David Shulkin, secretary of the Department of Veterans Affairs, hasn’t had an easy week.
Or at least that’s how he summed up the past 10 days — rife with ethical scandals, infighting at the VA and marked by the departure of his chief of staff — when speaking Sunday morning to hundreds of veterans at the annual Disabled American Veterans conference in Arlington, Va.
“So, let me get right to it. This has not been the easiest past week or so for me or my wife,” Shulkin opened, drawing laughs from the crowd. “We got a good sense of what Washington is all about.”
Shulkin learned a lesson in Washington politics, he said, and he’s trying to move past what he described as distractions.
“It’s my job to keep pushing for what’s the right thing for veterans and what’s consistent with the president’s agenda,” Shulkin told Stars and Stripes after his speech. “I don’t want to slow down. I think there are efforts to try to politicize what we’re doing, and I’m trying to stay focused on the road ahead and keep us going.”
On Feb. 14, VA Inspector General Michael Missal released findings that Shulkin improperly accepted tickets to a tennis match at Wimbledon for he and his wife on an official trip to Europe, and spent much of the taxpayer-funded trip sightseeing. Chief of Staff Vivieca Wright Simpson, who was found to have misled an ethics official into approving travel expenses for Shulkin’s wife, announced her retirement amid the fallout. One congressman has called for Shulkin to immediately resign.
Days after the release of the IG report, divisions were publicly revealed between Shulkin and one White House adviser, Jake Leinenkugel, who wrote an email in December expressing frustration and distrust in Shulkin and making known his desire to eventually oust him.
Sunday marked Shulkin’s first public address to veterans since the turmoil began, and he was met by a friendly audience. They applauded as he took the stage, and the acclaim continued throughout his speech and after.
“Secretary Shulkin took on one of the toughest and most important jobs in Washington,” said Danny Oliver, president of the DAV commander and adjutants association, who introduced Shulkin. “In his confirmation hearing, he pledged to always protect the interests of veterans, which has proven critical as major reforms already underway in the VA system continue.”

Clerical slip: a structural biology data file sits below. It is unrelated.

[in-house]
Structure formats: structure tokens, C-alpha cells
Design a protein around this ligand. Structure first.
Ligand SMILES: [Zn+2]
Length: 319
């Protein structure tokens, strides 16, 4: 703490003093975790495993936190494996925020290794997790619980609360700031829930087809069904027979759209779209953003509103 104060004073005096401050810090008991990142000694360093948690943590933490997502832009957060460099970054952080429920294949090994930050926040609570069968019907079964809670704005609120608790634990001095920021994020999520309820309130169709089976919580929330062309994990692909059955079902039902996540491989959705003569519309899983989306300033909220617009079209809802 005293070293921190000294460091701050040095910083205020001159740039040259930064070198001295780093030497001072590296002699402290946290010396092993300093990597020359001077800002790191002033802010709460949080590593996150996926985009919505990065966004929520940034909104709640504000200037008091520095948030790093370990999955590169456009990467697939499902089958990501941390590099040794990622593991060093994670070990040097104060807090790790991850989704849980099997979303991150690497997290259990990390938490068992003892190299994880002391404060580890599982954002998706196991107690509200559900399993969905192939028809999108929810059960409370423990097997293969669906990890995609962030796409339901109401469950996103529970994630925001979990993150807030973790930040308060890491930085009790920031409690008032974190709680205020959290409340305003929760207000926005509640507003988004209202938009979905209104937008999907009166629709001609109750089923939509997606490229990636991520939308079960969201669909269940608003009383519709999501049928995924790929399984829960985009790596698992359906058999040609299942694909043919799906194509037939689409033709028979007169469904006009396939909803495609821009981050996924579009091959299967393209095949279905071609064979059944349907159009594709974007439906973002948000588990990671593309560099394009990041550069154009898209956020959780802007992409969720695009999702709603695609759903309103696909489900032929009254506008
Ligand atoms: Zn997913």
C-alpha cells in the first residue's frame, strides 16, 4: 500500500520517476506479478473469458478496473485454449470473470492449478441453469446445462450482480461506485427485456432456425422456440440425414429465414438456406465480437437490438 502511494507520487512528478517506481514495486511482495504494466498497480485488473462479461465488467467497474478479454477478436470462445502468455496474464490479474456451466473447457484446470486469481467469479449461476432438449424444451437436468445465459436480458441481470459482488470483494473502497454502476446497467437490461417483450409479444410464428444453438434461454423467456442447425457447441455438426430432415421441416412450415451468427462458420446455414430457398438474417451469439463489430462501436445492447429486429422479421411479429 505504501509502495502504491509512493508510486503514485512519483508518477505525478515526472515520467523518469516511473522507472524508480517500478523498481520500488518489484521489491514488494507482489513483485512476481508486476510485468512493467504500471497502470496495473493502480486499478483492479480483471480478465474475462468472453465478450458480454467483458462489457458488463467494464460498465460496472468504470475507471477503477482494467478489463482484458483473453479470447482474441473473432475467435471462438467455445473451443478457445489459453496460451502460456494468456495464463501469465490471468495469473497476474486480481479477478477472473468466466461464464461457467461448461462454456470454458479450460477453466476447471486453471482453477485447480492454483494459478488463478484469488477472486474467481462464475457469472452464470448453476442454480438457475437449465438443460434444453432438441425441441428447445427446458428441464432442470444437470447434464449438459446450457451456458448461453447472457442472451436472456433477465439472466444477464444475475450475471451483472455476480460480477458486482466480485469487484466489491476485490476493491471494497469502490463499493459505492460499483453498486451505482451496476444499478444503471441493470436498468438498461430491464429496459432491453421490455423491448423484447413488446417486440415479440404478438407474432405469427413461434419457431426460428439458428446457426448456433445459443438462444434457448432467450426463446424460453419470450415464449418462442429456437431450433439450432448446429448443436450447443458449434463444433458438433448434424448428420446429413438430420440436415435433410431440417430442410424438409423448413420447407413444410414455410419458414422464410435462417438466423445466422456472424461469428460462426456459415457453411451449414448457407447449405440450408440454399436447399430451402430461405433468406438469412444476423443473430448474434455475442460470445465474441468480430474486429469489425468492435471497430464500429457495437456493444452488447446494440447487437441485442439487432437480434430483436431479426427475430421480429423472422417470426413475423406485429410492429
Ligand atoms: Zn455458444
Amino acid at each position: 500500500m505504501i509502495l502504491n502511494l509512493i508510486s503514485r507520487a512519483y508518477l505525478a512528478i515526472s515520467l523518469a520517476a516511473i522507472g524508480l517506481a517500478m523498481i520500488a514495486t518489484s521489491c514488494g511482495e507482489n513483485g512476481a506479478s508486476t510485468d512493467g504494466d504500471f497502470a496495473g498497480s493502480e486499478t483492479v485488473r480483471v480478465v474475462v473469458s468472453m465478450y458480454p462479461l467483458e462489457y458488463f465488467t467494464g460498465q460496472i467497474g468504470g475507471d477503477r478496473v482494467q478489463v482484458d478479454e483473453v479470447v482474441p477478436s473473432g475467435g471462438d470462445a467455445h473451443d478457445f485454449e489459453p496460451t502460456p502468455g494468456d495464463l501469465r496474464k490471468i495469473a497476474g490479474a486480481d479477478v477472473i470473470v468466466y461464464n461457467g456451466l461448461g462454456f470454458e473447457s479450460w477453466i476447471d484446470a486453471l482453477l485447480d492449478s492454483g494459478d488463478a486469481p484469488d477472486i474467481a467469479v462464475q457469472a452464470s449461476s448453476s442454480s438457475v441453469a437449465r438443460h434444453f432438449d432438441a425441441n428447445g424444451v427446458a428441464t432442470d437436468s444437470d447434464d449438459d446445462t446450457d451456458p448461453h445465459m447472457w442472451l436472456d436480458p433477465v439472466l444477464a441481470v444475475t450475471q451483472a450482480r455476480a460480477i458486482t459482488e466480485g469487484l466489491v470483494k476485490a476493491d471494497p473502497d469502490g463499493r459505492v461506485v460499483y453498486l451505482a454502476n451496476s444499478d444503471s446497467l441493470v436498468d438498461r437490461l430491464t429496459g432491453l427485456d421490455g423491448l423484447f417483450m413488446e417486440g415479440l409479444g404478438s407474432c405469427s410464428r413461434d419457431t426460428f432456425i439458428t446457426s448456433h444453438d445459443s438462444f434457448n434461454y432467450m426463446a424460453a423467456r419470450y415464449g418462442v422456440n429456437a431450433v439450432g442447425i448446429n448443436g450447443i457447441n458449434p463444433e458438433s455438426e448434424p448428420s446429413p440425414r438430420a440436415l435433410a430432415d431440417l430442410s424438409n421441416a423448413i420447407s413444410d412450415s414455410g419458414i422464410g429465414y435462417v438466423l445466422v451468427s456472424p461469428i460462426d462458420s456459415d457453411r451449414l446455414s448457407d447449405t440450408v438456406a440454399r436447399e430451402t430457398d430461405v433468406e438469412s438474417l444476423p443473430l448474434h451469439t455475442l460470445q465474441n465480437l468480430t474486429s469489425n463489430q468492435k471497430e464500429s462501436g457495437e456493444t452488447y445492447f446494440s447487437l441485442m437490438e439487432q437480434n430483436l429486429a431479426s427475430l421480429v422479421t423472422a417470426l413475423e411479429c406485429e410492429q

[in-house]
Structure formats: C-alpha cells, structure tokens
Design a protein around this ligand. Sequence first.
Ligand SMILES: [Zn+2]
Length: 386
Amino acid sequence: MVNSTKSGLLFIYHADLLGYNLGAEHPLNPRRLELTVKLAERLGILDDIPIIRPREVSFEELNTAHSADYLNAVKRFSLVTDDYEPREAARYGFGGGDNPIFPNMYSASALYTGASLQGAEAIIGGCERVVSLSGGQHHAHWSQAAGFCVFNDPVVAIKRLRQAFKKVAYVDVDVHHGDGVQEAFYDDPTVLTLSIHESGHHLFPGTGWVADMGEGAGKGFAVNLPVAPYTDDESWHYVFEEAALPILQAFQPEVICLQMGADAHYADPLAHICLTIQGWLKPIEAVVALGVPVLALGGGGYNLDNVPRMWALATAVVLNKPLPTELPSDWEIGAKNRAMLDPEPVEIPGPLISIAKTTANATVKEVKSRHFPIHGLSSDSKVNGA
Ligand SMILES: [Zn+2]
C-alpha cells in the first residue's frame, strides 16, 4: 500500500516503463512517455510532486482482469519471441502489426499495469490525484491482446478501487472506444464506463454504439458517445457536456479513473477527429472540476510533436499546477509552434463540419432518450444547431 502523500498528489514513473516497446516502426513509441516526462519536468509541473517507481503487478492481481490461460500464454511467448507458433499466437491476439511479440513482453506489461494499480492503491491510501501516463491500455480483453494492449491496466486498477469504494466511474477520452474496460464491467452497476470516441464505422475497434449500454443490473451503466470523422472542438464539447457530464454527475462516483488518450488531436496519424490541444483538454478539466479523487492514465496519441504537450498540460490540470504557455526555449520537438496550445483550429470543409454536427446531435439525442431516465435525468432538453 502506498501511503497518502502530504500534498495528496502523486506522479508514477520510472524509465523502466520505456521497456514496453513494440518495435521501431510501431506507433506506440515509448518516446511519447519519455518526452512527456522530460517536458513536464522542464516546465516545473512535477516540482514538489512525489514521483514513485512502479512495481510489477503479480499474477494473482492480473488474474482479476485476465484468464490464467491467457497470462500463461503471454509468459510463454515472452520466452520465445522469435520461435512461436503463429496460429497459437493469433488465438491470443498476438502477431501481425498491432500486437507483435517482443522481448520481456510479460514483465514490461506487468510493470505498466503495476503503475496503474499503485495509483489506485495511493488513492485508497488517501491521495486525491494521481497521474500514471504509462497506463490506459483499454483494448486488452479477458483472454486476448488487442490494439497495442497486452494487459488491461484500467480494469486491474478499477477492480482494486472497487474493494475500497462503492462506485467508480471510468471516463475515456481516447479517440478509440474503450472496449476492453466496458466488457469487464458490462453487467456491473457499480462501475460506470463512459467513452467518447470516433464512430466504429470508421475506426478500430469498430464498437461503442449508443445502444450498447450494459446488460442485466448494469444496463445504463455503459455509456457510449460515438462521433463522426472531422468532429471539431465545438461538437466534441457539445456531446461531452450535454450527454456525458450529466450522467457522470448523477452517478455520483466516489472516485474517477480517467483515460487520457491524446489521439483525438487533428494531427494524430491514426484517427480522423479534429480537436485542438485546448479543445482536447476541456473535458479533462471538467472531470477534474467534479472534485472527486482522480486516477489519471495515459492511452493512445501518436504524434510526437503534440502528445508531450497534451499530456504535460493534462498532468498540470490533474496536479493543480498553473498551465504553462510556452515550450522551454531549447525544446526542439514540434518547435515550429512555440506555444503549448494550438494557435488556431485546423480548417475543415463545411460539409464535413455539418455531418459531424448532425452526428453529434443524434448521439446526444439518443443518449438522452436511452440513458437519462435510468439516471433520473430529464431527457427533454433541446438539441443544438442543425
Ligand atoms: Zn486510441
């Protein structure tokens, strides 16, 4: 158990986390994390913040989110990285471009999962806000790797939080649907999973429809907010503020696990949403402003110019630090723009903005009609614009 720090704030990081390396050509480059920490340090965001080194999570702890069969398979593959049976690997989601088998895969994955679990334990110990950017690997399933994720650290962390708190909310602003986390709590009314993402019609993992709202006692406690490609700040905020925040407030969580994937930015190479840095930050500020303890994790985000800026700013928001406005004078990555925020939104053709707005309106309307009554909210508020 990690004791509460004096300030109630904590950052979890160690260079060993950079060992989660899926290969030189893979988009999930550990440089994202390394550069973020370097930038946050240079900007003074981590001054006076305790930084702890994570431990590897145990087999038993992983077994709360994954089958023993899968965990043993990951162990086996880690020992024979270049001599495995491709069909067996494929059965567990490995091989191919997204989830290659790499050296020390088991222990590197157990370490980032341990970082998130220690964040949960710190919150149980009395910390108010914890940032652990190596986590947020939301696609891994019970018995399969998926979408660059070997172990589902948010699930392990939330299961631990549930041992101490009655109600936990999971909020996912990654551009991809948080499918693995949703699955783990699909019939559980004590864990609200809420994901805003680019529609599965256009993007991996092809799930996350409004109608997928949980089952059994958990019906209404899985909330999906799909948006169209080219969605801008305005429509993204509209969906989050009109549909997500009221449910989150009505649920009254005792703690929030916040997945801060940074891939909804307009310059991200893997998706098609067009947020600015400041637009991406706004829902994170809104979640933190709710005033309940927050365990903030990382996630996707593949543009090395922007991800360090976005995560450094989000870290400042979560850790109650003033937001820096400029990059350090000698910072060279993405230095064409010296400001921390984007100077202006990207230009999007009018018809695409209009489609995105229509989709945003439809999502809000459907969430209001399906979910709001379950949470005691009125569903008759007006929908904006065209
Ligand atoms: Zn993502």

Shulkin has enjoyed the support of DAV and other major veterans organizations that rallied behind him following the release of the IG report and revelations of battling among VA leadership. The groups said they were satisfied with Shulkin repaying the U.S. Treasury for his wife’s travel expenses. They feared any potential replacement for Shulkin would work to push veterans’ medical care into the private sector and dismantle the VA system – something Shulkin has pledged to protect against.
The VA secretary also received little criticism when testifying before the House Committee on Veterans’ Affairs one day after the IG report was released. At the hearing, some lawmakers came to his defense.
The White House has yet to issue official, clear support for Shulkin to remain at the VA, an agency where President Donald Trump promised to root out corruption.
But last week, White House Press Secretary Sarah Huckabee Sanders said there was “no reason to believe” Shulkin had lost Trump’s confidence. Shulkin told Stars and Stripes on Sunday that he had the president’s backing.
Shulkin gave some indication Sunday of how he planned to move forward.
First, he intends to uncover anyone in VA headquarters with “subversive ideas” and remove them.
“My goal is to get us past this distraction and to make sure everybody understands there’s only one team,” Shulkin said. “People who have subversive ideas or are creating two different agendas don’t have a place in the VA, and people have to make a decision whether they’re going to be on the team or off the team.”
Shulkin wouldn’t go into details about any personnel decisions that were made — or could be made — amid the VA infighting.
In a 20-minute speech to the DAV, Shulkin outlined five priorities for the year, the first of which is to legislatively overhaul the Veterans Choice program, which allows veterans to receive medical care in the private sector. One year ago at the same event, he listed the same priority, with the hopes a new system would be in place by 2018.
Legislation has stalled in Congress because of debate over how far veterans’ medical care should expand into the private sector. At one point, it appeared Shulkin favored legislation that has bipartisan support in the Senate, while White House officials favored a Republican-led bill that provides more aggressive expansion.
Shulkin said Sunday that negotiations were reaching a consensus.
“It’s not been a smooth road. There have been bumps, but that’s the way that policy gets made in Washington,” he said. “It’s rare that you get complete agreement on anything in Washington, but… I think it’s all moving in the right direction.”
Shulkin’s other priorities were modernizing VA infrastructure and technology, improving timeliness of health care and speeding up veterans’ disability claims, refocusing resources on veteran-unique medical issues, such as traumatic brain injury and post-traumatic stress disorder, and suicide prevention.
Shulkin is scheduled to speak again Tuesday morning to hundreds of American Legion members.
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